Video Chronicle

Fear Anatomy
6 March 2019


On March 6, 2019 the Sheptytskyi Center at UCU hosted a presentation of the book by Dr. Damian Markowski "Fear Anatomy. Sovietization of Lviv Region in 1944-1953" (Anatomia strachu. Sowietyzacja obwodu lwowskiego 1944–1953). 

Published in 2018, it is one of the first books in Polish historiography covering Lviv and the surroundings after the end of military action in the first post-war decade. Key research focus is on representing the process of Sovietization as illustrtated by Lviv region. The area became one of the most remote westward provinces of the Soviet Union in 1944. The author shows the processes of violent unification and radical transformation of the region that was supposed to be another arena for implementation of Communist visions and making of a new reality and a new person.

The presentation was moderated by Dr. Sofia Dyak, director of the Center for Urban History in Lviv.

Presentation was conducted in Polish.

The book presentation is part of the research workshop "Movements Across Borders: Post-War Migration and Experiences of Borderland People" organized in partnership with the Institute of Political Research of the Polish Academy of Sciences in Warsaw, Center for Urban History, and the Department of Modern and Current History of Ukraine of the Ukrainian Catholic University in Lviv.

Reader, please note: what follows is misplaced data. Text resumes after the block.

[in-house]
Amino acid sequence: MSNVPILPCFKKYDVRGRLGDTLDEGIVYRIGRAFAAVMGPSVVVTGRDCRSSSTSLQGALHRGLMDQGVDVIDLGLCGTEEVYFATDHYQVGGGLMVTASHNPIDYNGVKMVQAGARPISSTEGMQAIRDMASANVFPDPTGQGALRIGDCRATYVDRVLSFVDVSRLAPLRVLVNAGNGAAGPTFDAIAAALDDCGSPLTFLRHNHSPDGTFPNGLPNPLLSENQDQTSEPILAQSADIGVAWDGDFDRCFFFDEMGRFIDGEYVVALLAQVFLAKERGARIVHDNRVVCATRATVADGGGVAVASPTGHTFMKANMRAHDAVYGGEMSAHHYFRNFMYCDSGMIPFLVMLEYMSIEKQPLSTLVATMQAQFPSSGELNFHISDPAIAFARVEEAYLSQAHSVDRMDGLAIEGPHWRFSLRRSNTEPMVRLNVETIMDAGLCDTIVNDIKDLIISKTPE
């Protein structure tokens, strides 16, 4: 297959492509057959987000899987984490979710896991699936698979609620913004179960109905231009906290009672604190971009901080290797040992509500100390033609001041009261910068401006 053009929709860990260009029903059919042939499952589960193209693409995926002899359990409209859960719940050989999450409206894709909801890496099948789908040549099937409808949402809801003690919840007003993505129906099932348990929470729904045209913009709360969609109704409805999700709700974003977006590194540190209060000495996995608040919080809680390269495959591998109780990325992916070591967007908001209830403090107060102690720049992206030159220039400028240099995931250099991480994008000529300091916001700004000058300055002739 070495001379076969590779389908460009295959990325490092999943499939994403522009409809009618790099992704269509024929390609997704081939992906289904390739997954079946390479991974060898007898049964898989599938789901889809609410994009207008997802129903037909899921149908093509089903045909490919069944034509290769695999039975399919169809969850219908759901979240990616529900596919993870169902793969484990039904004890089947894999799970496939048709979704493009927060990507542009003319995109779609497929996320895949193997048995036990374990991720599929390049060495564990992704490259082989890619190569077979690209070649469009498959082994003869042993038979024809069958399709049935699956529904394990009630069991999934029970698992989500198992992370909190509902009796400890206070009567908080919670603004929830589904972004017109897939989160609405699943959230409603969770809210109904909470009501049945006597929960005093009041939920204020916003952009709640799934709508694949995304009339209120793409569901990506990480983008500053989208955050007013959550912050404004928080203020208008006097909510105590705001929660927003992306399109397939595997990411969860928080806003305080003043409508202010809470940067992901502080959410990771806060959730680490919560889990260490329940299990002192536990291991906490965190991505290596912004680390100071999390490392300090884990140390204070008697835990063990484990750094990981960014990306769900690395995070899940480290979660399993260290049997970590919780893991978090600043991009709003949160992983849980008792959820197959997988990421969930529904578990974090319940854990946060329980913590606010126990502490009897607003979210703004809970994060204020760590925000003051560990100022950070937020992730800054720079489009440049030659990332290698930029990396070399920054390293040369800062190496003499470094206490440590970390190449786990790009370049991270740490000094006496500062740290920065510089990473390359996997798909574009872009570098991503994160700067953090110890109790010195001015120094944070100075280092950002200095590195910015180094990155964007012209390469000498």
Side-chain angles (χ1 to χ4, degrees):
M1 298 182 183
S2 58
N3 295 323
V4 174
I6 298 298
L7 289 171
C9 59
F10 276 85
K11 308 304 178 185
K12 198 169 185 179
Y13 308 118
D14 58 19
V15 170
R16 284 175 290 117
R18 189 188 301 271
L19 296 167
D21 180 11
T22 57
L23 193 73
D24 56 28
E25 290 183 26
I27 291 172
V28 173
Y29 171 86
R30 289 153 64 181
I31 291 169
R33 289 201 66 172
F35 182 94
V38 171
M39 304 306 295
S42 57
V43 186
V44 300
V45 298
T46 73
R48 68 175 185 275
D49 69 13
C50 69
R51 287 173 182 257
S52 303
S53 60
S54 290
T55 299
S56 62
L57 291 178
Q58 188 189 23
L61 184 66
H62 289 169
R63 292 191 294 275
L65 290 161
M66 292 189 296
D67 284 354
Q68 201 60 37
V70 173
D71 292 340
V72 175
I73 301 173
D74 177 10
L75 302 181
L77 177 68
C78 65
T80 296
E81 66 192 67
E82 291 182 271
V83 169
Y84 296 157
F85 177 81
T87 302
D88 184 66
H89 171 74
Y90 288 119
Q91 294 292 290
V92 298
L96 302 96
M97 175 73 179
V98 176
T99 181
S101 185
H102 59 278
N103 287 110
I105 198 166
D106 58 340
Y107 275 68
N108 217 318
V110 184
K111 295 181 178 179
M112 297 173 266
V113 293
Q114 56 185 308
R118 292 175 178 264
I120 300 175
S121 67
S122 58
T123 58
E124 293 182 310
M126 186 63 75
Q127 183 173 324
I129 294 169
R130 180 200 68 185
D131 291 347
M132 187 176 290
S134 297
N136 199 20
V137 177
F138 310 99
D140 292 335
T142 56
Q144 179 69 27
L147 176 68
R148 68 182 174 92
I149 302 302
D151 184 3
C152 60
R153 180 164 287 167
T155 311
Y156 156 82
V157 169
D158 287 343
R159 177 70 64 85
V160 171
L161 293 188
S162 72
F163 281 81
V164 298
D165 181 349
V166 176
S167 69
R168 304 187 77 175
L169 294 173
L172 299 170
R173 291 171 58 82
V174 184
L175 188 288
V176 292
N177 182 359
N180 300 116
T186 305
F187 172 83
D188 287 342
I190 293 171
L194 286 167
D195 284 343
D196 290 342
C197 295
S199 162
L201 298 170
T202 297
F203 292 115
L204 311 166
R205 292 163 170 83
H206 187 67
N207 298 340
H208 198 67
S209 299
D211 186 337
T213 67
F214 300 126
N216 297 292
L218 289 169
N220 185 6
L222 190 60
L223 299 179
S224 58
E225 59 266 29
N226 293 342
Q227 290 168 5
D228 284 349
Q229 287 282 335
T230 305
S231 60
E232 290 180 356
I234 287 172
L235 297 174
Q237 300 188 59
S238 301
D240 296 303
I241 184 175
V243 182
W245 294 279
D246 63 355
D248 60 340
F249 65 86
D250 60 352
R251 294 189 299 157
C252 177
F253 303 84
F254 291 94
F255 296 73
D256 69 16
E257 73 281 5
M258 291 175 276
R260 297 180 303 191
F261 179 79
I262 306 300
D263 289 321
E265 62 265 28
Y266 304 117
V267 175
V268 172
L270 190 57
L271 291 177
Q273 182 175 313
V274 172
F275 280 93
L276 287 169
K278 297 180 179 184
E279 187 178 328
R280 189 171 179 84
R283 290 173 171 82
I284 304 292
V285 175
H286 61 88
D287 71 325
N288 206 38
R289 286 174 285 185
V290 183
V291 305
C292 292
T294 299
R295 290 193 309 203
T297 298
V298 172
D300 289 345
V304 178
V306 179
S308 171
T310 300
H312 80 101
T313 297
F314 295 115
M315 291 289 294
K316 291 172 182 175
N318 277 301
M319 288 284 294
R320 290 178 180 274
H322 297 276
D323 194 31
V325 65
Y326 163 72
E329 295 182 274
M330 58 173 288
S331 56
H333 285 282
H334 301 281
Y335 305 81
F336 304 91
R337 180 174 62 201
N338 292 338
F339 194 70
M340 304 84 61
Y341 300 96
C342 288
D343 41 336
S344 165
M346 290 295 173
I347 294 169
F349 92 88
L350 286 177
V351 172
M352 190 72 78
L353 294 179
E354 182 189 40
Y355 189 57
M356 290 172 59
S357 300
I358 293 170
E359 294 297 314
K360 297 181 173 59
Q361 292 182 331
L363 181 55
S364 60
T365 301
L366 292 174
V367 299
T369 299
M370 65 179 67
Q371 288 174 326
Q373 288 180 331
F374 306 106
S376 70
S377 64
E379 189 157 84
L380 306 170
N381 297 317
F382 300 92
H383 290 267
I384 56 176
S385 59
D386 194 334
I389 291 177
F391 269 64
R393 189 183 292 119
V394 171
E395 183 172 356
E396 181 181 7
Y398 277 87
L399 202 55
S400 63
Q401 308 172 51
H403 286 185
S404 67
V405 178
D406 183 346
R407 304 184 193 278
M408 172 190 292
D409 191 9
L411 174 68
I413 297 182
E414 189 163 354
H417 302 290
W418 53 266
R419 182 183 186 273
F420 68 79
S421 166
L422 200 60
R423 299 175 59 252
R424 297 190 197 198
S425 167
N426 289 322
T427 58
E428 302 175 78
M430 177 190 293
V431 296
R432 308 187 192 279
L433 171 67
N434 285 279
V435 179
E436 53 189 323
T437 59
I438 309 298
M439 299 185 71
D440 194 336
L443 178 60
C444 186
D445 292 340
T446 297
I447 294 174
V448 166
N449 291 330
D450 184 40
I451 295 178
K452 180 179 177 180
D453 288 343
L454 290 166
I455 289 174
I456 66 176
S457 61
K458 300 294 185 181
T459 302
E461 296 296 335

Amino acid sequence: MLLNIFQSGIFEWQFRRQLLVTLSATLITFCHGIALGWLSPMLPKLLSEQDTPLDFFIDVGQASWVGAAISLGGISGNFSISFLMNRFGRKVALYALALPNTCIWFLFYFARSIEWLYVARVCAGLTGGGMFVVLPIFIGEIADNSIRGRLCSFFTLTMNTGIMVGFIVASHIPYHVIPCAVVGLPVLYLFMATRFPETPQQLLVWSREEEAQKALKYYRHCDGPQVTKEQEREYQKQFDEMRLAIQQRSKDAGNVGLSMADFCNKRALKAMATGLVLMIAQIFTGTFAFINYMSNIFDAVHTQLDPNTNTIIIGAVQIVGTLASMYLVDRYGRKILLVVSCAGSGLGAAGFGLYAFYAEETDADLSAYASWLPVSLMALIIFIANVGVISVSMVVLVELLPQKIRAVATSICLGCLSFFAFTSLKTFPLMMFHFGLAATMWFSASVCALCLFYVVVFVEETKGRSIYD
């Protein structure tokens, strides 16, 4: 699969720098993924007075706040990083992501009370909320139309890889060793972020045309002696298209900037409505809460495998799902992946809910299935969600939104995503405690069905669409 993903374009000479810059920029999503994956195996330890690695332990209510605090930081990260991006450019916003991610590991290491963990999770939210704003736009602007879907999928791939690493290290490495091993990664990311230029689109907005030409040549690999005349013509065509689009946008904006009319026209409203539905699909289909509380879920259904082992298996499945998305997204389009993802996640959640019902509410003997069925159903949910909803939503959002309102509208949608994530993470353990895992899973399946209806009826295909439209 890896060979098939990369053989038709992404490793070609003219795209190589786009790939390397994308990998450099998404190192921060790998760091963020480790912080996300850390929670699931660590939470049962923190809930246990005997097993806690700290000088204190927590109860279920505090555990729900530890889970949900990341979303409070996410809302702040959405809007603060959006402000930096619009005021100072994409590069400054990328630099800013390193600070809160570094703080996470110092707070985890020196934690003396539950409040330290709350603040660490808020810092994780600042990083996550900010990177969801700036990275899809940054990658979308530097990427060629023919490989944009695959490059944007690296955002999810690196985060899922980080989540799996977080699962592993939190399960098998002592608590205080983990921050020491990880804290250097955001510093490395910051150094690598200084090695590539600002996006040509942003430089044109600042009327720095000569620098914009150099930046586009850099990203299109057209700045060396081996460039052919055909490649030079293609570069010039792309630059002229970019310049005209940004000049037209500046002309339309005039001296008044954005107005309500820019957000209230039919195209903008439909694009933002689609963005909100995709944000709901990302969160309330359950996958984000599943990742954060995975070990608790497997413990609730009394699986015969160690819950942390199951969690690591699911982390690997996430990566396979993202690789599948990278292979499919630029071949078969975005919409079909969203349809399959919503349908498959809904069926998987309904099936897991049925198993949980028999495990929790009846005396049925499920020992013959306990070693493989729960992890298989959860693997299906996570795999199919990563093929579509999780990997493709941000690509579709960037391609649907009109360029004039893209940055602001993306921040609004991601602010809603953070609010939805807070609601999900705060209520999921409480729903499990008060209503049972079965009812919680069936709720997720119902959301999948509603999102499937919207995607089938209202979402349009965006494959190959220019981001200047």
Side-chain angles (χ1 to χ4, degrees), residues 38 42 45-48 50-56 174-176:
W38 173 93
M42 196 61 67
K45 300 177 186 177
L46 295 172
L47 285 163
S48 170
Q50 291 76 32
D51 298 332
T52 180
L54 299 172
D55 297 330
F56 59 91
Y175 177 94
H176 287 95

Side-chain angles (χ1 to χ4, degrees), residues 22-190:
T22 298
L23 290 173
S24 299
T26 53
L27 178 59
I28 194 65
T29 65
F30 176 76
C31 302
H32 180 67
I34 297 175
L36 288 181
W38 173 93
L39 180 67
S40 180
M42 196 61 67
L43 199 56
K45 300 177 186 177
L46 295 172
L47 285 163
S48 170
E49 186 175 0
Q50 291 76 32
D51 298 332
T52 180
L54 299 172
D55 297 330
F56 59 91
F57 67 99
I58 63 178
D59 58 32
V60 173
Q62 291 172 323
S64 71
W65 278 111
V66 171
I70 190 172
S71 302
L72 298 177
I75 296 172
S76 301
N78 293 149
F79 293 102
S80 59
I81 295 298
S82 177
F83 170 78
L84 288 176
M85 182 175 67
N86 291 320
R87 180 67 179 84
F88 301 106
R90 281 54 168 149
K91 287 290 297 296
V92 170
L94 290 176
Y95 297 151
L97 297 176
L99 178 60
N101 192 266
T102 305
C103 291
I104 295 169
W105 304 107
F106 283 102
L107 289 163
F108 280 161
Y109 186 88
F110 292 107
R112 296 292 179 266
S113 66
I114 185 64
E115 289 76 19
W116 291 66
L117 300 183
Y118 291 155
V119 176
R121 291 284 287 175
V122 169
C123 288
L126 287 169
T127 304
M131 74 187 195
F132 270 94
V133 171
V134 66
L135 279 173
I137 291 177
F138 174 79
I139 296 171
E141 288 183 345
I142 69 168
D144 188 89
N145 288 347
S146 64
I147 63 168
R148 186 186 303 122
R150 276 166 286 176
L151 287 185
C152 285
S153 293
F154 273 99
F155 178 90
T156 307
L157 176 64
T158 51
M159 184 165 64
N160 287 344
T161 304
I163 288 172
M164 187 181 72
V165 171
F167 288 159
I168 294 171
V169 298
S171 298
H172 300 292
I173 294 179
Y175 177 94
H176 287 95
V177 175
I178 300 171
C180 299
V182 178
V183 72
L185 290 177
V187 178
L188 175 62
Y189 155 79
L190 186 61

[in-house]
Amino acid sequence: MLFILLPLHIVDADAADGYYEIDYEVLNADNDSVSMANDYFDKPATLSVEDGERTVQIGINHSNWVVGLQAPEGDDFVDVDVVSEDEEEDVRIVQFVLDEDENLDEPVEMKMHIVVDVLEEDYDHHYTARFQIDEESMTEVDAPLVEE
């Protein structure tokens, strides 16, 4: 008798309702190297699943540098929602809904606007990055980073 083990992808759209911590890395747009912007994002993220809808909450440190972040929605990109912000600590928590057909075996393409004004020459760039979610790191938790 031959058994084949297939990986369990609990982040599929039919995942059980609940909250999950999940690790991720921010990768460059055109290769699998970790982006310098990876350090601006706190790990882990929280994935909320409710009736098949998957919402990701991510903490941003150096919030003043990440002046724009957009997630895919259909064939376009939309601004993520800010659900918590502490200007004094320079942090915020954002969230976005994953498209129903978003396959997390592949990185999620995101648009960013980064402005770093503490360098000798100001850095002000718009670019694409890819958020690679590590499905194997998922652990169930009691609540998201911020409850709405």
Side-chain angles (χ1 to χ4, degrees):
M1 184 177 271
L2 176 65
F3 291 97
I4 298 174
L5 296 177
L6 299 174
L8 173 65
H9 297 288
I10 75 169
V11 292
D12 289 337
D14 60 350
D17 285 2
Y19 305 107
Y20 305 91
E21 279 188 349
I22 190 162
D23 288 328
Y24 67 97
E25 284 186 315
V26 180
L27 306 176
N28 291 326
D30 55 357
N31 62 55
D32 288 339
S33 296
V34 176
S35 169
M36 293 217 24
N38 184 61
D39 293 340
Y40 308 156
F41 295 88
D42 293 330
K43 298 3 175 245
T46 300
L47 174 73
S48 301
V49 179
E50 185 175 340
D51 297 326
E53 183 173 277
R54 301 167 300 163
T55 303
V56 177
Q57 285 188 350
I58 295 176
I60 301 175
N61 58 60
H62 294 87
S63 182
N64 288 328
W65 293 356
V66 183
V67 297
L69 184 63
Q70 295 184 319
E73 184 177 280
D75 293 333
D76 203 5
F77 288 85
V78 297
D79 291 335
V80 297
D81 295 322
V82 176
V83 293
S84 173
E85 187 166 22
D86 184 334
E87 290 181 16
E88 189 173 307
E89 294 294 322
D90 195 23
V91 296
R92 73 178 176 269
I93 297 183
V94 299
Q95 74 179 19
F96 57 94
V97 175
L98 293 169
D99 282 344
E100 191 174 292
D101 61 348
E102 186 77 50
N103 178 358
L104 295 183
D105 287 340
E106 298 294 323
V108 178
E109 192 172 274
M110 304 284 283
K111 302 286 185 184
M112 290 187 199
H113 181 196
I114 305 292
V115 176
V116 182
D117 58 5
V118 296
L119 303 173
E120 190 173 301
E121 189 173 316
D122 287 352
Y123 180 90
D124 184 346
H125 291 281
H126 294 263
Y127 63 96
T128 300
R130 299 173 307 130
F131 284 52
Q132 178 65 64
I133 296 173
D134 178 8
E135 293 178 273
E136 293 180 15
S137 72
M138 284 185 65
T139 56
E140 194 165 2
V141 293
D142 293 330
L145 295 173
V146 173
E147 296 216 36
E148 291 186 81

Damian Karol Markowski, a historian, a publicist, researcher of history of East Central Europe, with a special focus on the history of Poland and Ukraine, as well as on collective memory, and memory policy. His Master’s degree and the PhD in Humanities were awarded in Warsaw University. He obtained scholarships from many research centers, such as the Center for Urban History of East Central Europe (2013). He published the books on: Fear Anatomy. Sovietization on Lviv Region in 1944-1953 (IPN Publishing, Warsaw, 2018), Two Uprisings. Battle for Lviv on November, 1-22, 1918.; War and Contemporary Conflict of Memory (Literary Publishing, Krakow, 2019). He is author of over a hundred of research articles, essays, and reviews. He worked in the Council for Preservation of Memory of Struggle and Martyrdom, at the Ministry for Culture and National Heritage, at the Institute of National Memory.